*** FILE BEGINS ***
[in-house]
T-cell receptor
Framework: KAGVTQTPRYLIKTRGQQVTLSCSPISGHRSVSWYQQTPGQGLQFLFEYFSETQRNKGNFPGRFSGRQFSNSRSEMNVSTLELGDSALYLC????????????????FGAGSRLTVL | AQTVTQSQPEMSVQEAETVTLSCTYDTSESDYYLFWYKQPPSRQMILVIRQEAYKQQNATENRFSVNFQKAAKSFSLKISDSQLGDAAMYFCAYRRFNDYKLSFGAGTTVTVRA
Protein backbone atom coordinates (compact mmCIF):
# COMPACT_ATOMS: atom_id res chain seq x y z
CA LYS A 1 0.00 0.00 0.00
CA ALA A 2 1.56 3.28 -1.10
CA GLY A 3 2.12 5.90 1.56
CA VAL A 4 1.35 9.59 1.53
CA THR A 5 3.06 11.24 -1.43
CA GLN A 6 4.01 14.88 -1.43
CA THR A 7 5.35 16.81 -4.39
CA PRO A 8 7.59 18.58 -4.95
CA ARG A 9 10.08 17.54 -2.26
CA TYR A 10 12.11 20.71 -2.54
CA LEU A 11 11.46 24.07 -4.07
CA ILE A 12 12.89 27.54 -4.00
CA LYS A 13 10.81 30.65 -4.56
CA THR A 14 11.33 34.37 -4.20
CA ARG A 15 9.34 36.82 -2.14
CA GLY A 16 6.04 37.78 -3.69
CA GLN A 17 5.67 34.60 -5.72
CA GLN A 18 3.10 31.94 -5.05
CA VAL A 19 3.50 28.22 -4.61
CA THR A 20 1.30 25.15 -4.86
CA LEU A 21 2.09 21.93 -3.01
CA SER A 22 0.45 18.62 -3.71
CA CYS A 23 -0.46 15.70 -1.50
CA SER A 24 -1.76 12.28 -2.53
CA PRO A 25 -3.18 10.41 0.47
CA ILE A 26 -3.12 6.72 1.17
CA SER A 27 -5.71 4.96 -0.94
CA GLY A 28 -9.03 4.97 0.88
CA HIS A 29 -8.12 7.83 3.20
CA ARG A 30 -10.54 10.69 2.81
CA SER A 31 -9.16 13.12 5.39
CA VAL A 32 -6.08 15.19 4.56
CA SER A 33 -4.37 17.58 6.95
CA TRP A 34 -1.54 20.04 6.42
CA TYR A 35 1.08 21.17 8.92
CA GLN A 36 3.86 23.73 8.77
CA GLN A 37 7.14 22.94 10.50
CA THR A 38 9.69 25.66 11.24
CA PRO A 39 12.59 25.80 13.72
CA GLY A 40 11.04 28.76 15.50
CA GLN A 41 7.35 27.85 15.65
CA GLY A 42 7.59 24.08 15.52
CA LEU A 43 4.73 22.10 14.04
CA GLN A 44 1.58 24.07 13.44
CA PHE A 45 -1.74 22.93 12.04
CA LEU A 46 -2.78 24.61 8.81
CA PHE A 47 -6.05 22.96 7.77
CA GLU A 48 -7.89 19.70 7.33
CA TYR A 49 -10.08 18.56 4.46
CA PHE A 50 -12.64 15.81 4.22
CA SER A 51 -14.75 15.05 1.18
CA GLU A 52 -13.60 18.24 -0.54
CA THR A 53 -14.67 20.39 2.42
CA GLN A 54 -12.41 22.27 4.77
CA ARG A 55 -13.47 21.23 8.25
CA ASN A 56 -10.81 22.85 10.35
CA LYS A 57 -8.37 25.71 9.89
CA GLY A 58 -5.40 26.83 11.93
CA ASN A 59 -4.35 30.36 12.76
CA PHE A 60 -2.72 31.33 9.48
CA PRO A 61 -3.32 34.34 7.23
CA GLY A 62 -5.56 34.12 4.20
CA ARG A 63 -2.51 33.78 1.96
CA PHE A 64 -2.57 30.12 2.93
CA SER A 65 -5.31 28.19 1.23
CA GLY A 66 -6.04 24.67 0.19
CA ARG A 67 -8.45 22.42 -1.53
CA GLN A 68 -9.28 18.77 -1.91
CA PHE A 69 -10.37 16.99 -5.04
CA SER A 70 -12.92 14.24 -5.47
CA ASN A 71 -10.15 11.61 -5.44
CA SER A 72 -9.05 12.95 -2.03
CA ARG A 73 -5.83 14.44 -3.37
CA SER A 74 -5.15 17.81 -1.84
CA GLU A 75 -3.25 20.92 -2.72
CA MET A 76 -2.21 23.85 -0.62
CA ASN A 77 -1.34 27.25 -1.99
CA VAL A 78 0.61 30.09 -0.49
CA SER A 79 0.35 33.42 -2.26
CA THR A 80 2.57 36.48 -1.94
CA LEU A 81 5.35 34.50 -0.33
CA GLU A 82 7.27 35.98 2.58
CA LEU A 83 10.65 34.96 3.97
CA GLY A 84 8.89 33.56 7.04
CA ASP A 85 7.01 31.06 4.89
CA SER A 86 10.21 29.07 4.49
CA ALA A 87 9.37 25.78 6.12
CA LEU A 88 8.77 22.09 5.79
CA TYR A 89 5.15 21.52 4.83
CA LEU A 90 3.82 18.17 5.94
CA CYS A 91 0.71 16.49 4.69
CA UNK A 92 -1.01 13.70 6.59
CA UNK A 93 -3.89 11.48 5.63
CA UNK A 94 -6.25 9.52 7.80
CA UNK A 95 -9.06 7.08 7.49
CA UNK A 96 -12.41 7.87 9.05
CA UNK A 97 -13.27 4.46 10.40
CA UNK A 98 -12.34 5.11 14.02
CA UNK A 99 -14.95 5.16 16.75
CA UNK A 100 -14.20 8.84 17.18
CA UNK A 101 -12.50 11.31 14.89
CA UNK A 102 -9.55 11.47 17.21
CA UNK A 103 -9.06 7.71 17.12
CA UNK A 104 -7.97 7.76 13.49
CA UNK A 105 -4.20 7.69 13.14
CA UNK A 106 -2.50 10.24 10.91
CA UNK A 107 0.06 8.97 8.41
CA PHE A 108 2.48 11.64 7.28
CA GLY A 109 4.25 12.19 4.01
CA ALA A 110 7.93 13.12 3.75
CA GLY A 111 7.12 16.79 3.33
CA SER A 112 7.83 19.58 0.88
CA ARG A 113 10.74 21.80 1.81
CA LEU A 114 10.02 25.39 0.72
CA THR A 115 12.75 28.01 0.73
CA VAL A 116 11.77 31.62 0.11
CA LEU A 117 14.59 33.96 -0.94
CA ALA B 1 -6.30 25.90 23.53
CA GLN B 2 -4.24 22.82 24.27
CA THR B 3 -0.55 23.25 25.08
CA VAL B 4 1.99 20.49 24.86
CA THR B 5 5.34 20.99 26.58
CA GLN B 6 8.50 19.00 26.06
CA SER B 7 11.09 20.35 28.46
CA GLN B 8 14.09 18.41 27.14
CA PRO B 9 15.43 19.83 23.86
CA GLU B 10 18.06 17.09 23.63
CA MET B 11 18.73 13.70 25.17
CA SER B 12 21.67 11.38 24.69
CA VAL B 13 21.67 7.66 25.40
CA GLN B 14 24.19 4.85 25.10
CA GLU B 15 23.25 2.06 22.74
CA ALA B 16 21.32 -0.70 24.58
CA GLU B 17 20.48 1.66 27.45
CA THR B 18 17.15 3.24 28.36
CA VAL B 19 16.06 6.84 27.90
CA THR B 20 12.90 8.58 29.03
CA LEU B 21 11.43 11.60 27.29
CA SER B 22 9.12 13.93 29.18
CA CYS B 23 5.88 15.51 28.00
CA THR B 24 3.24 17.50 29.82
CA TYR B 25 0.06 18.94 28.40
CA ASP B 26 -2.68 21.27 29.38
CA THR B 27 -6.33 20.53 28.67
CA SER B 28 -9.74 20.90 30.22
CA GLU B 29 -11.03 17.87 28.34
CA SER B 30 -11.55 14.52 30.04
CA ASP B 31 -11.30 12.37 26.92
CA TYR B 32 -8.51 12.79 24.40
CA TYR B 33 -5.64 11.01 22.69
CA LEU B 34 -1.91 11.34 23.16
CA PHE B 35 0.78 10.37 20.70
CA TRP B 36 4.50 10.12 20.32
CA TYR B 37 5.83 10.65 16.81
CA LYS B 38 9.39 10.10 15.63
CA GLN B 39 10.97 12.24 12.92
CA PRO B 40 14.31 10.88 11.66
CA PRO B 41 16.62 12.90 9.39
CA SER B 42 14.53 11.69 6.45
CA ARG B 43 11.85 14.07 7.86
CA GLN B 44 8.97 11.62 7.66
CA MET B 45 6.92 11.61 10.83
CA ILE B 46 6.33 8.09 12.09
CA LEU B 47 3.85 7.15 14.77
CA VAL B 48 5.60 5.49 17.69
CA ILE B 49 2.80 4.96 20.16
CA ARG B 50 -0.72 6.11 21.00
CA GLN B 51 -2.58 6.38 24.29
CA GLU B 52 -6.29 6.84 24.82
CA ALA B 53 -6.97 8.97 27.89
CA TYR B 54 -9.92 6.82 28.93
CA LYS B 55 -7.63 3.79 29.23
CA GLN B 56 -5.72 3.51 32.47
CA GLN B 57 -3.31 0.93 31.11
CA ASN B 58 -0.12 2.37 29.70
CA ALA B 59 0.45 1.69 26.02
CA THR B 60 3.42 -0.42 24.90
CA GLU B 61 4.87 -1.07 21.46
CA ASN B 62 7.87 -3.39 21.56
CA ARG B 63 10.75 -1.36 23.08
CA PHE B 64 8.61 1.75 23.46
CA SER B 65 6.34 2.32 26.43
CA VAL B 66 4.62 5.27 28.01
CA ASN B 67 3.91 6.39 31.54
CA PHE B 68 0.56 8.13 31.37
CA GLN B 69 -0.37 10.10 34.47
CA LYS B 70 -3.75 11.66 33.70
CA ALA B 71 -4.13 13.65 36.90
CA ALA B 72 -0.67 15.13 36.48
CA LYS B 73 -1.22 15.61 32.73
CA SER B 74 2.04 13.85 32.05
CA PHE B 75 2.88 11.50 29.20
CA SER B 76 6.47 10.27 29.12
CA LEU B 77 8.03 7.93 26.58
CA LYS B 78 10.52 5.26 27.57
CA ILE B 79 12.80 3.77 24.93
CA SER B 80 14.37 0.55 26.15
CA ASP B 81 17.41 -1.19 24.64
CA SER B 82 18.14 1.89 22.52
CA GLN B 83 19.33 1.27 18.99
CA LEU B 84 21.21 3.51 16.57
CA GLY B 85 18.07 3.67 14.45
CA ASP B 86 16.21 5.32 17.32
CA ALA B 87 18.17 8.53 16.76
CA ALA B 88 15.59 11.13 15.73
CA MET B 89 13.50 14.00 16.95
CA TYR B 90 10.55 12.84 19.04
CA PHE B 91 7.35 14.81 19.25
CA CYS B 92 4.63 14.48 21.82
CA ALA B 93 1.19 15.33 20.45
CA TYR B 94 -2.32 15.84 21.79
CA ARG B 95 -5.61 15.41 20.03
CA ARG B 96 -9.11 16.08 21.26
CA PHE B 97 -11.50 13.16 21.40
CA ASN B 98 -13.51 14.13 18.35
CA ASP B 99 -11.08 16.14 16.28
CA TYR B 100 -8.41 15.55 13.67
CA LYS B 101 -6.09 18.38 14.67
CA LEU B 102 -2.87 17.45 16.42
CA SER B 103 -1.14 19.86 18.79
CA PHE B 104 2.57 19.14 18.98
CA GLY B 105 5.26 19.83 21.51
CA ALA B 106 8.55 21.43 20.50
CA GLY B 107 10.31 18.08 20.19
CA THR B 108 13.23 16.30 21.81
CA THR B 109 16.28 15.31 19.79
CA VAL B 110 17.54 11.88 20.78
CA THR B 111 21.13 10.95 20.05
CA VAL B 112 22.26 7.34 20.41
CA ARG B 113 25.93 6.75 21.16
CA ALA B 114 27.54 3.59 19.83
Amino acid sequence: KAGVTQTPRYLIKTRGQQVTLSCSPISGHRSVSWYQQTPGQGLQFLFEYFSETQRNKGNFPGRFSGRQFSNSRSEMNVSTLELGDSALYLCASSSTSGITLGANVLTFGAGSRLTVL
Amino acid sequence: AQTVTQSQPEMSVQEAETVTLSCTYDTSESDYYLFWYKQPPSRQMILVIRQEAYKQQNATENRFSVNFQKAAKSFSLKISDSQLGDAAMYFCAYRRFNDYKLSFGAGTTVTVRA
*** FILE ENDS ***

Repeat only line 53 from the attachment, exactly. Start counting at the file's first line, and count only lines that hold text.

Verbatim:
CA GLU A 48 -7.89 19.70 7.33